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Bill Bennett


When brands choose funny typography


A handful of companies like to see their names written entirely in upper case. Gigabyte and Asus are two that spring to mind, there are others.

Companies can do what they like. Journalists and editors shouldn’t use the upper case for these names.

We’re journalists, not brand managers

How Asus, Gigabyte or anyone else presents their company name in their own material is their affair. They have no right dictating how others treat their names.

If we gave in, it could be the thin end of the wedge. Next they will insist we print their names using a particular font or Pantone colour.

Breaking the rules

In written English proper nouns and the start of a sentence each get an initial capital letter. Think of them as signposts to help readers understand text.

Companies names are proper nouns. A single initial capital letter tells the reader that word is a name, not a description or verb.

Of course the fabric of our language doesn’t fall apart if we occasionally break the rules. Good writers do it all the time. On the other hand, communications would fail if people just wrote things how they pleased.

Mid-word capitals

Upper-case letters often appear in the middle of product names like PageMaker.

This is not a good practice and not every publication goes along with it. For example, The Economist would change PageMaker to Pagemaker.

Sadly the mid-name-capital train has left the station. Spell checkers insist on the capital M in the middle of PageMaker. It would be hard and fruitless to campaign against this. I’ve given up that fight as there are more important battles elsewhere.

Apple’s iMac, iPod, iPhone and iPad are also problems. Apple’s brand power is so strong even the mighty Economist gives ground on these brand names. Editors are confused about how to treat these words if they fall at the start of a sentence.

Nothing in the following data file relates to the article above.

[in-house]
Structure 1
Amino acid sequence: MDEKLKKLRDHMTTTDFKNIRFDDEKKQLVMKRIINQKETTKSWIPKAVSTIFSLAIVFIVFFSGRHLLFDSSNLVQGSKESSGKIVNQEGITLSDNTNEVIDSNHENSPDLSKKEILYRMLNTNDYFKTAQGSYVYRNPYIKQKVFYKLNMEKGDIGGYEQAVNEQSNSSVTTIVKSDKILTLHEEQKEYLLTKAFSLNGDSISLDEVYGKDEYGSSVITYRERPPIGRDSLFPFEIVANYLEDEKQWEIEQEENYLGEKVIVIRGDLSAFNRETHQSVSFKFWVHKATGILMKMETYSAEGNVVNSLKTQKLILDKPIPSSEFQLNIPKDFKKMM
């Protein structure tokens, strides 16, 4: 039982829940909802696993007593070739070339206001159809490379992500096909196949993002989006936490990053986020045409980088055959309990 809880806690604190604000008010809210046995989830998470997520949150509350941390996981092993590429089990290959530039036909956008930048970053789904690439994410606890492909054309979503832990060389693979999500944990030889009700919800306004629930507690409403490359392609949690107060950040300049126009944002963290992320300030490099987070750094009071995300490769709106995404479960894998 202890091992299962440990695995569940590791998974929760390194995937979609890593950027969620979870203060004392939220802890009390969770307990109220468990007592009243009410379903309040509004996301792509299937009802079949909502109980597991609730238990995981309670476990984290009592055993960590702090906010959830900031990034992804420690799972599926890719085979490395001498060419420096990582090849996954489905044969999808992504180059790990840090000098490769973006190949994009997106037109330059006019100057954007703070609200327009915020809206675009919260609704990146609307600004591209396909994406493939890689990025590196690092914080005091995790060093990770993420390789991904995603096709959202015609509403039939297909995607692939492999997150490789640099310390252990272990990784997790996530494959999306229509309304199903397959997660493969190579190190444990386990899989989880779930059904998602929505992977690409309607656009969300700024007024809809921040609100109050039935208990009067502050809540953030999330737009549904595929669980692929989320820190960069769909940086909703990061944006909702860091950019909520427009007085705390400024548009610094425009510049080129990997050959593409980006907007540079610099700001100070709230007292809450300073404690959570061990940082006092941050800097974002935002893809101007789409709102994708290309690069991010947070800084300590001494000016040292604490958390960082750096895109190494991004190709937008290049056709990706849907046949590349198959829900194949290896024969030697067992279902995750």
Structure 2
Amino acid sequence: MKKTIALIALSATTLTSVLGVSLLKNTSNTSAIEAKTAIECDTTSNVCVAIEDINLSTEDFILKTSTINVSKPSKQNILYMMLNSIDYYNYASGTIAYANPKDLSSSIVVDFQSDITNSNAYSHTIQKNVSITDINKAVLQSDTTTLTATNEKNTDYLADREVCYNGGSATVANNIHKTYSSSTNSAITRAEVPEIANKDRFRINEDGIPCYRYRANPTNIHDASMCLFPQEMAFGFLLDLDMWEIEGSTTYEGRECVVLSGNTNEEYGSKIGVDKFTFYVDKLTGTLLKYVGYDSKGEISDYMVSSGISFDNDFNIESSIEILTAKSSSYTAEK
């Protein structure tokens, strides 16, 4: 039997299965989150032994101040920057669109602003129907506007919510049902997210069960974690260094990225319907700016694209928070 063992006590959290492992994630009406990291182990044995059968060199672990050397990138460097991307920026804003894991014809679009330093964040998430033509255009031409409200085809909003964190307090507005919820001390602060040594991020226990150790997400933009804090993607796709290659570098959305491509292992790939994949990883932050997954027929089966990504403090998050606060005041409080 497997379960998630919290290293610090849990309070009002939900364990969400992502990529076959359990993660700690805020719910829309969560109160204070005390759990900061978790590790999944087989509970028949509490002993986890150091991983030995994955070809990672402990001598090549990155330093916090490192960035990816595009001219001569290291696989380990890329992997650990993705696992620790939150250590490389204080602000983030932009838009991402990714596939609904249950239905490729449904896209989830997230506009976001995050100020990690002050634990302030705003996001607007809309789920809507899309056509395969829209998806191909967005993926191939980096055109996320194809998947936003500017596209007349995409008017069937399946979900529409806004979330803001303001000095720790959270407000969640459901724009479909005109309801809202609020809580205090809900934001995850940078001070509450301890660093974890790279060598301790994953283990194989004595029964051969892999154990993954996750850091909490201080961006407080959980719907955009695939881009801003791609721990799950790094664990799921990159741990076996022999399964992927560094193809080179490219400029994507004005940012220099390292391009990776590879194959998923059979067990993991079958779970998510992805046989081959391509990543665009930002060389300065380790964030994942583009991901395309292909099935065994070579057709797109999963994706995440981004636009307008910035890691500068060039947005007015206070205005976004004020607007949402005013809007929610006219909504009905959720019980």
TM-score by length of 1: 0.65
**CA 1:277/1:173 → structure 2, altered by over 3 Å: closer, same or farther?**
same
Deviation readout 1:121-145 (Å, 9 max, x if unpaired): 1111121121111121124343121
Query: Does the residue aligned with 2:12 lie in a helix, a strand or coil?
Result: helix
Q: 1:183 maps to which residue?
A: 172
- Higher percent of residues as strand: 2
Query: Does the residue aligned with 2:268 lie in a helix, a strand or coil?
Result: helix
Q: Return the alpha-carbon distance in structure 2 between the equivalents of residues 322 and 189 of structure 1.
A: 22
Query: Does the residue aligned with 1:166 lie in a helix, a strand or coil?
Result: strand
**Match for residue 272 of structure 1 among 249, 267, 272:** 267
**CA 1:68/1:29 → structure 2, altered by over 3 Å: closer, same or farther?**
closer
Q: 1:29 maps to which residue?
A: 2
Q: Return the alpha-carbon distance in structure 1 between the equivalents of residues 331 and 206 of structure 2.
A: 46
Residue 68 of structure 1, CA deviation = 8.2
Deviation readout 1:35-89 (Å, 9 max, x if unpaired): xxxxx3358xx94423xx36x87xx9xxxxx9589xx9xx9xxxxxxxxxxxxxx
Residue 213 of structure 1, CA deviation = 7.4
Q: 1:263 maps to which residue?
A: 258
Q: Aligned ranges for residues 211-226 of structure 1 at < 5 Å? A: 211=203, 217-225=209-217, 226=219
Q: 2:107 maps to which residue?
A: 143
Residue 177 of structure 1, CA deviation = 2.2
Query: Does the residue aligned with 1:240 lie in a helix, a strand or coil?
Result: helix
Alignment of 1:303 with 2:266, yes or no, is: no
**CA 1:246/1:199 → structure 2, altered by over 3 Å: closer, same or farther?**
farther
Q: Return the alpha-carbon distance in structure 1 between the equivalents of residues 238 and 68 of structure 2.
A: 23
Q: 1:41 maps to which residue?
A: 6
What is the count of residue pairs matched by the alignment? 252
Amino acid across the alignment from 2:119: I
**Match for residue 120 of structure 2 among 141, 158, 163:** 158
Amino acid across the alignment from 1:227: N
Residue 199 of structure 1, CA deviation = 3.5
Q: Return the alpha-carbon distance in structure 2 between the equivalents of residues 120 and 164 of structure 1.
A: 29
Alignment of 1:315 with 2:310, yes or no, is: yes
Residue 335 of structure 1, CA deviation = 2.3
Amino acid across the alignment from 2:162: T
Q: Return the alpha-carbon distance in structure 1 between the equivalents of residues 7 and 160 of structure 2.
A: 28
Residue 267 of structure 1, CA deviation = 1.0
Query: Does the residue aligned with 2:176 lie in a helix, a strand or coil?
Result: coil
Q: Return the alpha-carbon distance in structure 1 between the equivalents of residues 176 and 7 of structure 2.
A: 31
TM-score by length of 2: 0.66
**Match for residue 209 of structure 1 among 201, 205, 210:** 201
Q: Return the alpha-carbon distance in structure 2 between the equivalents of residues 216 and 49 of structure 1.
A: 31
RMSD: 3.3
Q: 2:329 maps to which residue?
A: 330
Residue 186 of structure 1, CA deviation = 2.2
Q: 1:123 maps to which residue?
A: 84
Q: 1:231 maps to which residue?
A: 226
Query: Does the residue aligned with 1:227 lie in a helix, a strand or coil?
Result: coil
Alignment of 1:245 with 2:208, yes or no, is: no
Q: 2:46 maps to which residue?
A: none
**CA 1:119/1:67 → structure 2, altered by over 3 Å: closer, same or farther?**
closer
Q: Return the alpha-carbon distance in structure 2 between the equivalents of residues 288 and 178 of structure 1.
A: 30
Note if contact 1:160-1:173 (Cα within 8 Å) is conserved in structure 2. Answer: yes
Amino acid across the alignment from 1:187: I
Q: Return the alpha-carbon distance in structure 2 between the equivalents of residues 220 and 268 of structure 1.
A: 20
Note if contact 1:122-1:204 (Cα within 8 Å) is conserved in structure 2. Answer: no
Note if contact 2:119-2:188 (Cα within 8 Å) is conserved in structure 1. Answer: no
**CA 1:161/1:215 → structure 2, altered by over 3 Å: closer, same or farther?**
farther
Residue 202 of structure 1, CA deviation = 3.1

If iPad why not GIGABYTE?

Good point. It is a question of signposting.

A word written entirely in upper case disrupts reader comprehension. This is precisely why companies want their names written in capitals. They want their brand to leap out of the page even if it undermines the rest of the words.

For that reason alone, journalists should resist.

There’s another signposting reason. Writing words in capitals is reserved for acronyms and initialisms. Good editorial style demands initialisms that are pronounced as a word, not spoken as a string of letters, like Nato should be treated as ordinary words.

Writing a word like Gigabyte in capitals signposts it should be pronounced as a string of letters.

Like shouting

Online writing conventions say words written in capitals indicate shouting. Brands think having names in capitals is like shouting them out. Their goal is to maximise their brand exposure.

Our job is to ease the flow of information to the reader, putting roadblocks, any roadblocks, in the way is bad.

Capitals make text harder to read. Use too many and it becomes hard to spot the proper nouns and sentence starts.

Update: Signposting pronunciation

One point I missed when writing about brand names like iPhone, iPad and so on is they are pronounced as eye-phone, eye-pad. There’s a logic here that he lower case i followed by a pronounceable name signposts pronunciation.



18 thoughts on “When brands choose funny typography

  1. I agree, except in conditions when the name of the organisation is an initialism or acronym, in which case that capitalisation should be kept.